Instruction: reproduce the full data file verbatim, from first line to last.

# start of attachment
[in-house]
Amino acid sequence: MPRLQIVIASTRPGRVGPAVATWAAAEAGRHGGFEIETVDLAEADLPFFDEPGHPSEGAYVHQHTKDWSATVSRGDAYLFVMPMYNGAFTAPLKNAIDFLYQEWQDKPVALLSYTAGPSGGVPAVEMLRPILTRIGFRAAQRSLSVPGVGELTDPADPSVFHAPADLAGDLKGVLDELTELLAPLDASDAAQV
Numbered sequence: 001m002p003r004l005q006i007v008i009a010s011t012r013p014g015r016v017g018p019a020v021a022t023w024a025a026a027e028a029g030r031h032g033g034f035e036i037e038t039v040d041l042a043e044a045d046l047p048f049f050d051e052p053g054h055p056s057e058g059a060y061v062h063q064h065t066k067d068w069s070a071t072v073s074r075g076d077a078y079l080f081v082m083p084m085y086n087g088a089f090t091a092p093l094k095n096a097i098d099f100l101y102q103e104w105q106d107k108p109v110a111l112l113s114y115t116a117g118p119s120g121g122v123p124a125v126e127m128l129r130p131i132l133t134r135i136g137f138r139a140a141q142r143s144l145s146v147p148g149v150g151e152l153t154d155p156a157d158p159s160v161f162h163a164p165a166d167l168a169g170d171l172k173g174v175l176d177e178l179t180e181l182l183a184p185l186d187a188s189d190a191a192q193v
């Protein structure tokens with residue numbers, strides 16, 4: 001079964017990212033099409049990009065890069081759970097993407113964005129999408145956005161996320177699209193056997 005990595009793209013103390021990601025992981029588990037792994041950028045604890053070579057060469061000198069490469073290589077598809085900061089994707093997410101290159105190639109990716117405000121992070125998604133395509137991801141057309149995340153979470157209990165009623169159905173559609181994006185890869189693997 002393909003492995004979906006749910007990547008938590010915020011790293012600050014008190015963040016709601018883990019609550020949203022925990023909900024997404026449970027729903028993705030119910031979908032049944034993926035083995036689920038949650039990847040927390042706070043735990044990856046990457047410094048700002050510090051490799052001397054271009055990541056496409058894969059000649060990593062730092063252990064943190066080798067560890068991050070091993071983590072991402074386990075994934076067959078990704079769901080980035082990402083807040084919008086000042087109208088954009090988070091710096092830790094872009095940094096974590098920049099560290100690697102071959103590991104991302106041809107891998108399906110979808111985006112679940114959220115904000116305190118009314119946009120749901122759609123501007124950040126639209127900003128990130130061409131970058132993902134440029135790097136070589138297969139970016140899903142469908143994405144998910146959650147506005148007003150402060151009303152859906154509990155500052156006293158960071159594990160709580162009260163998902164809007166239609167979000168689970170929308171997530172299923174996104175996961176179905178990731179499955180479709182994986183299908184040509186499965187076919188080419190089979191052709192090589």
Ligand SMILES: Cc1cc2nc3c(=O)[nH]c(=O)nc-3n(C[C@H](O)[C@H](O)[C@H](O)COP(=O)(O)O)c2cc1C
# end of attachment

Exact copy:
[in-house]
Amino acid sequence: MPRLQIVIASTRPGRVGPAVATWAAAEAGRHGGFEIETVDLAEADLPFFDEPGHPSEGAYVHQHTKDWSATVSRGDAYLFVMPMYNGAFTAPLKNAIDFLYQEWQDKPVALLSYTAGPSGGVPAVEMLRPILTRIGFRAAQRSLSVPGVGELTDPADPSVFHAPADLAGDLKGVLDELTELLAPLDASDAAQV
Numbered sequence: 001m002p003r004l005q006i007v008i009a010s011t012r013p014g015r016v017g018p019a020v021a022t023w024a025a026a027e028a029g030r031h032g033g034f035e036i037e038t039v040d041l042a043e044a045d046l047p048f049f050d051e052p053g054h055p056s057e058g059a060y061v062h063q064h065t066k067d068w069s070a071t072v073s074r075g076d077a078y079l080f081v082m083p084m085y086n087g088a089f090t091a092p093l094k095n096a097i098d099f100l101y102q103e104w105q106d107k108p109v110a111l112l113s114y115t116a117g118p119s120g121g122v123p124a125v126e127m128l129r130p131i132l133t134r135i136g137f138r139a140a141q142r143s144l145s146v147p148g149v150g151e152l153t154d155p156a157d158p159s160v161f162h163a164p165a166d167l168a169g170d171l172k173g174v175l176d177e178l179t180e181l182l183a184p185l186d187a188s189d190a191a192q193v
């Protein structure tokens with residue numbers, strides 16, 4: 001079964017990212033099409049990009065890069081759970097993407113964005129999408145956005161996320177699209193056997 005990595009793209013103390021990601025992981029588990037792994041950028045604890053070579057060469061000198069490469073290589077598809085900061089994707093997410101290159105190639109990716117405000121992070125998604133395509137991801141057309149995340153979470157209990165009623169159905173559609181994006185890869189693997 002393909003492995004979906006749910007990547008938590010915020011790293012600050014008190015963040016709601018883990019609550020949203022925990023909900024997404026449970027729903028993705030119910031979908032049944034993926035083995036689920038949650039990847040927390042706070043735990044990856046990457047410094048700002050510090051490799052001397054271009055990541056496409058894969059000649060990593062730092063252990064943190066080798067560890068991050070091993071983590072991402074386990075994934076067959078990704079769901080980035082990402083807040084919008086000042087109208088954009090988070091710096092830790094872009095940094096974590098920049099560290100690697102071959103590991104991302106041809107891998108399906110979808111985006112679940114959220115904000116305190118009314119946009120749901122759609123501007124950040126639209127900003128990130130061409131970058132993902134440029135790097136070589138297969139970016140899903142469908143994405144998910146959650147506005148007003150402060151009303152859906154509990155500052156006293158960071159594990160709580162009260163998902164809007166239609167979000168689970170929308171997530172299923174996104175996961176179905178990731179499955180479709182994986183299908184040509186499965187076919188080419190089979191052709192090589």
Ligand SMILES: Cc1cc2nc3c(=O)[nH]c(=O)nc-3n(C[C@H](O)[C@H](O)[C@H](O)COP(=O)(O)O)c2cc1C